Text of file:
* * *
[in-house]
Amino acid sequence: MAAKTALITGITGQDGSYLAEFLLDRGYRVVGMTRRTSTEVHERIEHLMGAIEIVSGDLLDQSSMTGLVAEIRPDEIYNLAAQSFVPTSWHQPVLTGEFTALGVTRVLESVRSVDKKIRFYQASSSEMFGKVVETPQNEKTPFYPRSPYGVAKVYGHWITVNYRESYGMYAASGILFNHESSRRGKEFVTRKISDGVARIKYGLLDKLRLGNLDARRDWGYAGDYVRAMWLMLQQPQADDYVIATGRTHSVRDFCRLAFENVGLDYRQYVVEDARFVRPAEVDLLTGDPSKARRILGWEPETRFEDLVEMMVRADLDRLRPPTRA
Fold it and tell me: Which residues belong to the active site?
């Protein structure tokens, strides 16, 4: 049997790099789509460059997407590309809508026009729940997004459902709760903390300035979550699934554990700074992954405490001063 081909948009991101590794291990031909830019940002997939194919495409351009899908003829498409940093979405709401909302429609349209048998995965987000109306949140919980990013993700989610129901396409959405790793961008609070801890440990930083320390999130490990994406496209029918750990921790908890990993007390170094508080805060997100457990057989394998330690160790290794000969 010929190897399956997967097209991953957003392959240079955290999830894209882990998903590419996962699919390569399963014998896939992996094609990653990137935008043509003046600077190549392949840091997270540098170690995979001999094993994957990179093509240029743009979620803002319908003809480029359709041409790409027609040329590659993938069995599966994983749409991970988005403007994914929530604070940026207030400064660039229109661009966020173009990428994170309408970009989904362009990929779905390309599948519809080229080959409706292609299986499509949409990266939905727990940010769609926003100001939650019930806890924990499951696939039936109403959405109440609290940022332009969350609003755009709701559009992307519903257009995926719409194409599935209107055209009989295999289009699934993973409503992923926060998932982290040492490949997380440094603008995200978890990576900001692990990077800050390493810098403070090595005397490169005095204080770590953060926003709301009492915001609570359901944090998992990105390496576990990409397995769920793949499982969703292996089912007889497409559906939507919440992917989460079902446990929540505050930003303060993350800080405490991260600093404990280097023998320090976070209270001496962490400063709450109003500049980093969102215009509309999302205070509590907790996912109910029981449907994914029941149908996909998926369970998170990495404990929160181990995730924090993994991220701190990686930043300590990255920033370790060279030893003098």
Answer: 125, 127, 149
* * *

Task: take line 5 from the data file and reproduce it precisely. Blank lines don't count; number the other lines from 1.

Answer: 125, 127, 149